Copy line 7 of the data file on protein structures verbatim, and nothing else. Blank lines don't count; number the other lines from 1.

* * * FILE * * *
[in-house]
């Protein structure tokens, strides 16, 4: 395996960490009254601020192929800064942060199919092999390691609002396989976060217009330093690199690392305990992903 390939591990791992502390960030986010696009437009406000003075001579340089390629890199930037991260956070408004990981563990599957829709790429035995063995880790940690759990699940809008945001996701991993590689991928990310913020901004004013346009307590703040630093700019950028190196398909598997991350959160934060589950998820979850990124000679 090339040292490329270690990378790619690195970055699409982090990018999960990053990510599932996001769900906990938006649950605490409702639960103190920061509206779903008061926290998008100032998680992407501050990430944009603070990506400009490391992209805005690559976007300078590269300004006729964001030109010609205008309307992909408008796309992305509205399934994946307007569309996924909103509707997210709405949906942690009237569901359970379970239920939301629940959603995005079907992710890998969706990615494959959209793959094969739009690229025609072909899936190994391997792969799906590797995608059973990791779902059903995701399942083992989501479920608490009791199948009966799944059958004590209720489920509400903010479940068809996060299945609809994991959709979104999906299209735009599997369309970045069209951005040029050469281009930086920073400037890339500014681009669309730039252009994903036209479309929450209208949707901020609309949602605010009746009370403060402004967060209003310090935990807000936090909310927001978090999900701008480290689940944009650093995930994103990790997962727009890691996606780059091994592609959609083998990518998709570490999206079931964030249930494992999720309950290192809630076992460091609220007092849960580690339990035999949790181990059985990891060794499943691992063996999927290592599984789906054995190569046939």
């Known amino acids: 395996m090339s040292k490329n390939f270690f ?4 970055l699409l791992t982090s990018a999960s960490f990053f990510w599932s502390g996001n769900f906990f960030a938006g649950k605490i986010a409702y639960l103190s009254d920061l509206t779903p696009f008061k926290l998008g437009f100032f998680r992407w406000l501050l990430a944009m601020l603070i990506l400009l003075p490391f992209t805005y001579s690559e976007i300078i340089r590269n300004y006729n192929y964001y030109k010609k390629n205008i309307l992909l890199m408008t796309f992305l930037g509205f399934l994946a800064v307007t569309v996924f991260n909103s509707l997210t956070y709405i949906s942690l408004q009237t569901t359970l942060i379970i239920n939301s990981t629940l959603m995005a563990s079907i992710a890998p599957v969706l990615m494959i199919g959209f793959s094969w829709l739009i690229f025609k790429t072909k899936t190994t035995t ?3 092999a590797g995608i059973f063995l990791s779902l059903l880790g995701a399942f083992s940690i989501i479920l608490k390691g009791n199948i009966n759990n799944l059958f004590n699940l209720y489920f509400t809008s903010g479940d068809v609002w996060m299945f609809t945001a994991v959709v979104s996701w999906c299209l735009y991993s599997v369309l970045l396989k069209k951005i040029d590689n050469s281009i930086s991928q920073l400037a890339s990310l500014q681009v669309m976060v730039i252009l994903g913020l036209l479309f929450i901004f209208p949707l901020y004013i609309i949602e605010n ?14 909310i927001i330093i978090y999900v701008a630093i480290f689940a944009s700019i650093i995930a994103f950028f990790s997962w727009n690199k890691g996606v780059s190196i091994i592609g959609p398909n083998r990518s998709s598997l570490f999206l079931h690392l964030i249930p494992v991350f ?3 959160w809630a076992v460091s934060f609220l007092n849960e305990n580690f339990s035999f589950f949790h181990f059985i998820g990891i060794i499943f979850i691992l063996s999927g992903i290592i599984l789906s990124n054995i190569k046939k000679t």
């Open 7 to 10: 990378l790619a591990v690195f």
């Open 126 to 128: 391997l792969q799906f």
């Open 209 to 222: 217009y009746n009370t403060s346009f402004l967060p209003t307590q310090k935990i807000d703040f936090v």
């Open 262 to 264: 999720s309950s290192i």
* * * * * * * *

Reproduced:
């Open 262 to 264: 999720s309950s290192i």